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A series of 6 Orbiting Geophysical Observatories (OGOs) were put into
orbit by NASA between 1964
The objectives of the OGO 5 spacecraft, the fifth of a series of six Orbiting Geophysical Observatories, were to conduct many diversified geophysical experiments for a better understanding of the earth as a planet and to develop and operate a standardized observatory-type spacecraft. OGO 5 consisted of a main body that was parallelepipedal in form, two solar panels, each with a solar-oriented experiment package (SOEP), and two orbital plane experiment packages (OPEP). One face of the main body was earth pointing (Z-axis), and the line connecting the two solar panels (X-axis) was perpendicular to the earth-sun-spacecraft plane.
The solar panels were able to rotate about the X-axis. The OPEPs were mounted on and could rotate about an axis that was parallel to the Z-axis that was attached to the main body. OGO 5 carried 25 experiments, 17 of which were particle studies, and two were magnetic field studies. In addition, there was one each of the following types of experiments: radio astronomy, UV spectrum, Lyman-alpha, solar X ray, plasma waves, and electric field. Real-time data were transmitted at 1, 8, and 64 kbs depending on the distance from the spacecraft to the earth. Playback data were tape recorded at 1 kbs and transmitted at 64 kbs. Two wide-band transmitters, one feeding into an omnidirectional antenna and the other feeding into a directional antenna, were used to transmit data. A special purpose telemetry system, feeding into either antenna, was also used to transmit wide-band data in real time only. Tracking was accomplished by using radio beacons and a range and range-rate, S-band transponder.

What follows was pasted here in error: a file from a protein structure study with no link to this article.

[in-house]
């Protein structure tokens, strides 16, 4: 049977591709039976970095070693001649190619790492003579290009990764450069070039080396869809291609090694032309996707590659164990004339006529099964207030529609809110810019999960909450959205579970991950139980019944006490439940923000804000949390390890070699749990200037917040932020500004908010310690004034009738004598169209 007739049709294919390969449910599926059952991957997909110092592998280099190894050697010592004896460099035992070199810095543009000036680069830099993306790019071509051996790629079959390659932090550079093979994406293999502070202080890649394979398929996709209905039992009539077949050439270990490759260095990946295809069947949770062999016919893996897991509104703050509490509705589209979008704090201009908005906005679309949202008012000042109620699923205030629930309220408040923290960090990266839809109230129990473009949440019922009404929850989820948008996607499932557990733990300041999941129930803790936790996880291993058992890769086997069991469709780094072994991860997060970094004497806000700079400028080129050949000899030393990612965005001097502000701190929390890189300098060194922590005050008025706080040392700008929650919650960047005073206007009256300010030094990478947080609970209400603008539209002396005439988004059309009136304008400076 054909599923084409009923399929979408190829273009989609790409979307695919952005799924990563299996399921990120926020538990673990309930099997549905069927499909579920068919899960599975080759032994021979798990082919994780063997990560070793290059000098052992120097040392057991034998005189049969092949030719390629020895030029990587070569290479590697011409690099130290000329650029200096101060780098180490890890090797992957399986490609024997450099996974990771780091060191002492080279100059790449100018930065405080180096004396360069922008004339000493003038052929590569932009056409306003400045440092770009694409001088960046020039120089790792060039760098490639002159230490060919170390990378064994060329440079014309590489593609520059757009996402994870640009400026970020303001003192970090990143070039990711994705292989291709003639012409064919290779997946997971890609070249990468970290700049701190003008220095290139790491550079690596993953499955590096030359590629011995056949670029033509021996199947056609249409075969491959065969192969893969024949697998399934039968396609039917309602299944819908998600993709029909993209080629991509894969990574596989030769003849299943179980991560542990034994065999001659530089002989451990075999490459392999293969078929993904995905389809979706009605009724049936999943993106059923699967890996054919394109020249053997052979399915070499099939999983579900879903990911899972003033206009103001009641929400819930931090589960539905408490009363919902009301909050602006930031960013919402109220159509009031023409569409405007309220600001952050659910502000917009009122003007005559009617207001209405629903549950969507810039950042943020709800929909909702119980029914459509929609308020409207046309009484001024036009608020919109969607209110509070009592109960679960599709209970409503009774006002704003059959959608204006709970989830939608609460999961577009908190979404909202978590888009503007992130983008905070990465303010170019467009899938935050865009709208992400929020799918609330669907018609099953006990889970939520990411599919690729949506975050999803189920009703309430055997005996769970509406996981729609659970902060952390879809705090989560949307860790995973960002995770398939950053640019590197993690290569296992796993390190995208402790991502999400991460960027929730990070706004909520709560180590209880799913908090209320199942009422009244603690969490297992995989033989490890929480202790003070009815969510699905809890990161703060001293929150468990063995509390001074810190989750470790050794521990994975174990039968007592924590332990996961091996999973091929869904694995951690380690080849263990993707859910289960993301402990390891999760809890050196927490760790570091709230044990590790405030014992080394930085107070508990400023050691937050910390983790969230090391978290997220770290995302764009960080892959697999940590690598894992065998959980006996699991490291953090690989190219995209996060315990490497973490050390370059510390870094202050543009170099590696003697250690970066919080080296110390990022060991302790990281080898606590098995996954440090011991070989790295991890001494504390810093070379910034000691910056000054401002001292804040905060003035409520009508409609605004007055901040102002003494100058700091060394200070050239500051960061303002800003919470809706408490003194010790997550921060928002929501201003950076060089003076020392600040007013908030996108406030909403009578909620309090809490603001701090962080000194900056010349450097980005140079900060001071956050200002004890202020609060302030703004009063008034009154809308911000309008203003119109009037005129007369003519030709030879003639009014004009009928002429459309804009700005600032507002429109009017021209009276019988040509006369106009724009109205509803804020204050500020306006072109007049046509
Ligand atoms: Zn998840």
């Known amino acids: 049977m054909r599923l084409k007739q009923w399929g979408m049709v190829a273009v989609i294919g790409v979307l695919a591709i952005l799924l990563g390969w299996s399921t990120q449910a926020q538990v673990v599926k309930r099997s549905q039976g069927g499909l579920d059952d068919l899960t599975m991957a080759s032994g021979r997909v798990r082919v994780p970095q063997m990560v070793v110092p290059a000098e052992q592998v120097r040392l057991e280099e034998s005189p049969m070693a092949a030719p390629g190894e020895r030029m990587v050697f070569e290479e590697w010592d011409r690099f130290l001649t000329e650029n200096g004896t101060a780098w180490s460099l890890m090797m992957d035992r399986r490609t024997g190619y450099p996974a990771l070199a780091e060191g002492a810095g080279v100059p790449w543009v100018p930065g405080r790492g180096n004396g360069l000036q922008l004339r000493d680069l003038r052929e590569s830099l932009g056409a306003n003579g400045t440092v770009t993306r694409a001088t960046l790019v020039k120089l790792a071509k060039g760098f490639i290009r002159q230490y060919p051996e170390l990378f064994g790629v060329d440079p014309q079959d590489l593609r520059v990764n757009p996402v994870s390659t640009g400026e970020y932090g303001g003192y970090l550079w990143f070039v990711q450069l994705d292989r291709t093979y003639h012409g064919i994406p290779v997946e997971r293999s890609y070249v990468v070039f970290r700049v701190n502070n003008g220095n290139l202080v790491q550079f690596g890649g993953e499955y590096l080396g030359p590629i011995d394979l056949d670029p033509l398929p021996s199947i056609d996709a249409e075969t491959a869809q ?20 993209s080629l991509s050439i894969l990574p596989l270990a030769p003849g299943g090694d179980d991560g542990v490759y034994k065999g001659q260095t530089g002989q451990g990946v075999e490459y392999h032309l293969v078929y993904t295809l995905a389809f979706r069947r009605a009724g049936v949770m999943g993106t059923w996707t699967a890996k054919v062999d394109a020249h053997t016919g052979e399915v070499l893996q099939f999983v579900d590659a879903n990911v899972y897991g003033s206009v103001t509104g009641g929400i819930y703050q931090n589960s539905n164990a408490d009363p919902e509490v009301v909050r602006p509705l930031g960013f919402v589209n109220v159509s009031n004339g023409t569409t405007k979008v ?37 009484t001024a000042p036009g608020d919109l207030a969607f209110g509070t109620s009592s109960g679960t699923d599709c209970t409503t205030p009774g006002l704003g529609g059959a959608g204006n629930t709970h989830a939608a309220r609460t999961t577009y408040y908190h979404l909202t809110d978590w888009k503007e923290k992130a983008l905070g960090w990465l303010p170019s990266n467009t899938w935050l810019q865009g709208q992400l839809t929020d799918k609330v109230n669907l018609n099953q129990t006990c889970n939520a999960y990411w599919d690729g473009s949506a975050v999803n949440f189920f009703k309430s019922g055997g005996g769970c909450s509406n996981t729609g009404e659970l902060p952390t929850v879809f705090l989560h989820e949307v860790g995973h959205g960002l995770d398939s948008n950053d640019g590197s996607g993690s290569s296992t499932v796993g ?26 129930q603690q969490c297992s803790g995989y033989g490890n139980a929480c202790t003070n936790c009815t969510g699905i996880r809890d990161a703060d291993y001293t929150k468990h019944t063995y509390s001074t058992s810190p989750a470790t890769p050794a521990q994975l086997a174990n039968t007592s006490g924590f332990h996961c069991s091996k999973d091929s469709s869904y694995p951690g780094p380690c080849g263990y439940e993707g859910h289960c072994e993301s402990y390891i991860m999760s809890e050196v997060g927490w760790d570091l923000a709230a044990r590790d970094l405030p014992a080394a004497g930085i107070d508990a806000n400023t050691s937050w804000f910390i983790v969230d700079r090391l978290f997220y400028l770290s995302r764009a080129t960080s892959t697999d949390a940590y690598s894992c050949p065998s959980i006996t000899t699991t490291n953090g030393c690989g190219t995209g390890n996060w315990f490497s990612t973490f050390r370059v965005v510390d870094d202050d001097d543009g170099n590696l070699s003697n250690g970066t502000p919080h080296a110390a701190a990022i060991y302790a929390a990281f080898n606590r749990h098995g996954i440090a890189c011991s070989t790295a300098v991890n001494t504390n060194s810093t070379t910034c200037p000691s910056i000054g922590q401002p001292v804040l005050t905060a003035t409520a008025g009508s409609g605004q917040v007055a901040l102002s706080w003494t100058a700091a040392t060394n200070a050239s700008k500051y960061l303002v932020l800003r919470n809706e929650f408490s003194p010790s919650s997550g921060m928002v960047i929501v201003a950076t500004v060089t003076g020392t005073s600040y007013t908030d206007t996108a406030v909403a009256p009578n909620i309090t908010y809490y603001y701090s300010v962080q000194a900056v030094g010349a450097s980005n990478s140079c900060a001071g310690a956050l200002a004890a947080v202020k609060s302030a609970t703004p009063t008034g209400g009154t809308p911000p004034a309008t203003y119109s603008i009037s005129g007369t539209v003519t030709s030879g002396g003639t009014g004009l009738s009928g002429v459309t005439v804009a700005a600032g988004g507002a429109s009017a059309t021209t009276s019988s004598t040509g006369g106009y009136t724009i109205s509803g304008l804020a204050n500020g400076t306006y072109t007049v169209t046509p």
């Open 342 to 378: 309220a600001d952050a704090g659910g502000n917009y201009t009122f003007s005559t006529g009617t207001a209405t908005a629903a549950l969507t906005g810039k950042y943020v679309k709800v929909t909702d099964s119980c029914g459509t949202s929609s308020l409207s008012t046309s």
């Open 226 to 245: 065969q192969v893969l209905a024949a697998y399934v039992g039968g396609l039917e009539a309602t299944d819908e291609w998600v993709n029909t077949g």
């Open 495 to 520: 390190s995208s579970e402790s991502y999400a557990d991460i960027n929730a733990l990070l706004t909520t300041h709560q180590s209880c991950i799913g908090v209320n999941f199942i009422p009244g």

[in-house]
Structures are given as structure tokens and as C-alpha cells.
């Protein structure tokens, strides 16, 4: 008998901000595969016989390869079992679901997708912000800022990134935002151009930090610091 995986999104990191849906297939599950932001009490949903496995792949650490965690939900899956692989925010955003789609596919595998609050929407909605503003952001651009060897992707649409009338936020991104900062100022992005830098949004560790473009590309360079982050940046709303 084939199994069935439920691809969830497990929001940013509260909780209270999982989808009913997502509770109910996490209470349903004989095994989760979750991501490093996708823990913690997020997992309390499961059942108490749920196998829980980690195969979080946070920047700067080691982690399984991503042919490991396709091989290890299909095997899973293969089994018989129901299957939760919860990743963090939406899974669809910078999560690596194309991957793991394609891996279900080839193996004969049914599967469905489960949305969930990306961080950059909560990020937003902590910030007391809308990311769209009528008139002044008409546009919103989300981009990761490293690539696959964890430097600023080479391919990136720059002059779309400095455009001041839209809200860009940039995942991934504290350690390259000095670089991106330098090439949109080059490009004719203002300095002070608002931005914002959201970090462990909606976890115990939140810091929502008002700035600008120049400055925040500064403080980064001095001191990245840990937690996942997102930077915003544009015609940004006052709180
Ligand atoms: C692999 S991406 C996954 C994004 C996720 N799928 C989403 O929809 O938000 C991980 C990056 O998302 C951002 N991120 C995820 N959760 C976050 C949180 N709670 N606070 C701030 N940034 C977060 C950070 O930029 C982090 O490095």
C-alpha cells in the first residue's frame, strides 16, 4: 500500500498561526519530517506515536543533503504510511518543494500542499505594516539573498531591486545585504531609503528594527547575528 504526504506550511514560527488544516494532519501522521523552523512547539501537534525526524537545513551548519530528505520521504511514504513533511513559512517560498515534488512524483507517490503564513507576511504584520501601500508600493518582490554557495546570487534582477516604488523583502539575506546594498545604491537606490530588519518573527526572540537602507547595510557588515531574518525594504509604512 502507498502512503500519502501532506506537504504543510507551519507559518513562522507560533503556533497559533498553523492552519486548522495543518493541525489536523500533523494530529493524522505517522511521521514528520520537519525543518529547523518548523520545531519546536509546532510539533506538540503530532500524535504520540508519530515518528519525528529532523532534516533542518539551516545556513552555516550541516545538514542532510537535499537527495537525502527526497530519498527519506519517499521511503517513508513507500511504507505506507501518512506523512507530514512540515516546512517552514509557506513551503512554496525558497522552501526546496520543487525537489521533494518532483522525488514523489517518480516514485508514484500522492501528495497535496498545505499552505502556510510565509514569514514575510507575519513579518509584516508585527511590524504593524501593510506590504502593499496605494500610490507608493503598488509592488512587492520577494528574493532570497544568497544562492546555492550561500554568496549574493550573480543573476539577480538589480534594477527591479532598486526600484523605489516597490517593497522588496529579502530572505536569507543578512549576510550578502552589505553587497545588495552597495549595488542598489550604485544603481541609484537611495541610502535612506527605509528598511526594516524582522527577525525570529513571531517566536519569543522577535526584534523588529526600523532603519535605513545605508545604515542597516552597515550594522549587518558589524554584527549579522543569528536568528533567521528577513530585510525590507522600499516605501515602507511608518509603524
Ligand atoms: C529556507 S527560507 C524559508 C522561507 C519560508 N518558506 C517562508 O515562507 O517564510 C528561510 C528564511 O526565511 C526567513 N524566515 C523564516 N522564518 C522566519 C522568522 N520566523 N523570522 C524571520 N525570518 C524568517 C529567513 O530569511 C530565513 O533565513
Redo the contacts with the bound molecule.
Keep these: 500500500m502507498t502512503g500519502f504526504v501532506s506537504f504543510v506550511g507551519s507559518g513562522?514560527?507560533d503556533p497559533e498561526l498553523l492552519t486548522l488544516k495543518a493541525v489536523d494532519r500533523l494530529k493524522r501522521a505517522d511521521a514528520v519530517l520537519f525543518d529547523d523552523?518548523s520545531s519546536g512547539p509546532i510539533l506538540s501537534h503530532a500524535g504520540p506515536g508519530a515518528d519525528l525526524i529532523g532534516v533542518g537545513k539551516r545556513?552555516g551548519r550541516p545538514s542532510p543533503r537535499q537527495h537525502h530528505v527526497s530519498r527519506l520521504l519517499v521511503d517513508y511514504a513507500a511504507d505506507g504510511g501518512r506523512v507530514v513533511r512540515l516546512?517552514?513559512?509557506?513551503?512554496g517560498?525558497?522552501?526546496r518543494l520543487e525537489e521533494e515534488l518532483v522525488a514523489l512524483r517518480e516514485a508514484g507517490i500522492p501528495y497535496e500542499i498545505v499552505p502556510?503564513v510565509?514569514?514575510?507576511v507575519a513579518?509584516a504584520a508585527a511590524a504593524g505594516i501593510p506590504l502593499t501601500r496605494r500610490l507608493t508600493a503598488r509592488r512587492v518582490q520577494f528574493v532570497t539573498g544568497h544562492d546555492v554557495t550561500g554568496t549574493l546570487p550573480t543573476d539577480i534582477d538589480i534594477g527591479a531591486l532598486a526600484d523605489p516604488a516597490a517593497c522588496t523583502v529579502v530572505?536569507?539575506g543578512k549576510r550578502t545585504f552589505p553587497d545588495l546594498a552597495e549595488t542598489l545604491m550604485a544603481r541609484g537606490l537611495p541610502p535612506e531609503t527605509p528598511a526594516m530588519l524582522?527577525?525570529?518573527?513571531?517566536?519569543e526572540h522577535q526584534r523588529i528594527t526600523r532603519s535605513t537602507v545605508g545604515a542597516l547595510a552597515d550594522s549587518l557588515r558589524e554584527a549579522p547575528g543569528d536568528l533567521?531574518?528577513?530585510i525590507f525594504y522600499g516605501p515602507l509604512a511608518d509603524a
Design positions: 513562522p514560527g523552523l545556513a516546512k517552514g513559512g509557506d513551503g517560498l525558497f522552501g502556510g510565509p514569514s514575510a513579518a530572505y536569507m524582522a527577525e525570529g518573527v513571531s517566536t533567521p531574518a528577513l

OGO-5 was launched on March 4, 1968 at 13:12:00 UTC. The spacecraft attitude control failed on August 6, 1971, after 41 months of normal operation. The spacecraft was placed in a standby status on October 8, 1971. Four experiments (Meyer, Blamont, Thomas, and Simpson) were reactivated for the period from June 1 to July 13, 1972, after which all operational support terminated. Spacecraft orbit parameters changed significantly over the spacecraft life. By April 1971, spacecraft perigee had increased to 26,400 km and inclination had increased to 54 deg.
The newspaper clipping at right was sent to me by my father. It was published in Le Nouvelliste, my hometown newspaper. In 1968, every launch was big news.
The University of Chicago Cosmic Ray Electrons Instrument on boad was one of several used to measure the cosmic radiation from the Sun and from interplanetary space.
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Page created and updated by Jacques L'Heureux
Last modified: September 19, 2007